Previously, we brushed on how prolonged sitting is directly related to compromised spinal health.
In this article, we’ll talk about how we should sit to minimise side effects.
1. The idea of healthy sitting is to position the spine as close to its neutral position with the least muscular strain.
It starts with how we approach the chair. Aim to sit as far back into the chair as possible with a forward pelvic tilt. Think of it as pointing your imaginary tail up and back instead of tucking it under you.
You would know that you’re doing it right if u notice that more weight is distributed on the hamstrings rather than just the buttocks. It would also take a lot less effort to stay upright once your foundation is set right.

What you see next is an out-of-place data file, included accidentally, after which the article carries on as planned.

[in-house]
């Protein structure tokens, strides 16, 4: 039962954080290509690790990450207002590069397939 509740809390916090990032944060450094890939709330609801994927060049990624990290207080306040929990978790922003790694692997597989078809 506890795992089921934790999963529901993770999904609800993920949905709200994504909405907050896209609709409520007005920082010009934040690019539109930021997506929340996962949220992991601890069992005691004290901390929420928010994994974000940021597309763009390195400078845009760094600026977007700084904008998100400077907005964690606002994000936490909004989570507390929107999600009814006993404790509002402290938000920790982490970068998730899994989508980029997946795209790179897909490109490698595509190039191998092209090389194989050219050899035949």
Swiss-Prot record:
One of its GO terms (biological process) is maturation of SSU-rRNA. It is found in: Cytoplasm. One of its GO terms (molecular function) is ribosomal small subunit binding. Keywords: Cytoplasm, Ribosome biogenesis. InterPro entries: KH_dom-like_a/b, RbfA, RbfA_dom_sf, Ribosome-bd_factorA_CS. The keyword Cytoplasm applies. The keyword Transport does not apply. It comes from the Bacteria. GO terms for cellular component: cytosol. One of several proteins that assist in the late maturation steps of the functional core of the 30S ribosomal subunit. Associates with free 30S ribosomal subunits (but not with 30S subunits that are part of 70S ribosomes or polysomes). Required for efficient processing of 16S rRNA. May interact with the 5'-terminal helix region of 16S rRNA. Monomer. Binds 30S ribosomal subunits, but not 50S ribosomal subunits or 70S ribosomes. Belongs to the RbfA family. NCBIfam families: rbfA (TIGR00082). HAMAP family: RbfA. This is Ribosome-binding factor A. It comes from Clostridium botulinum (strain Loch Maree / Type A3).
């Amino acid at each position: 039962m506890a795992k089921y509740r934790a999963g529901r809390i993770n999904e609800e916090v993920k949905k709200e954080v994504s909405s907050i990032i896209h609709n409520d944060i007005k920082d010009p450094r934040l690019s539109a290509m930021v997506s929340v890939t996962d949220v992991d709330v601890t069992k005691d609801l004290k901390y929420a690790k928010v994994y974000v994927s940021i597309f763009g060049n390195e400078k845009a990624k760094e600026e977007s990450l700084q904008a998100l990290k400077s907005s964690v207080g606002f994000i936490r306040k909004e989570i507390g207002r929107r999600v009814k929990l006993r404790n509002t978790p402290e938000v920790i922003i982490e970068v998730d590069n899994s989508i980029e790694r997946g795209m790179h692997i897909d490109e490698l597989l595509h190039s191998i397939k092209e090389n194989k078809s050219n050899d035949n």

2. Screen positioning. Hold a paper in front of you with text format Arial 12.5 and gradually move it closer until you can read comfortably. This should be the distance your monitor is set from you.
If you have an adjustable desk (which is great for alternating between sitting and standing while at work), set it so that the middle of the screen is lined up to eye level. Otherwise, adjust the chair height or monitor elevation accordingly.
Setting up the workstation by following these simple rules should be practised more often. Nonetheless, this should not discount the priority of moving around and changing positions frequently instead being in a fixed posture for too long.
It is important to note that there are rough guidelines for posture depending on activity and context but “perfect posture” doesn’t really exist.
Remember, we were made for movement and “the best posture is your next.”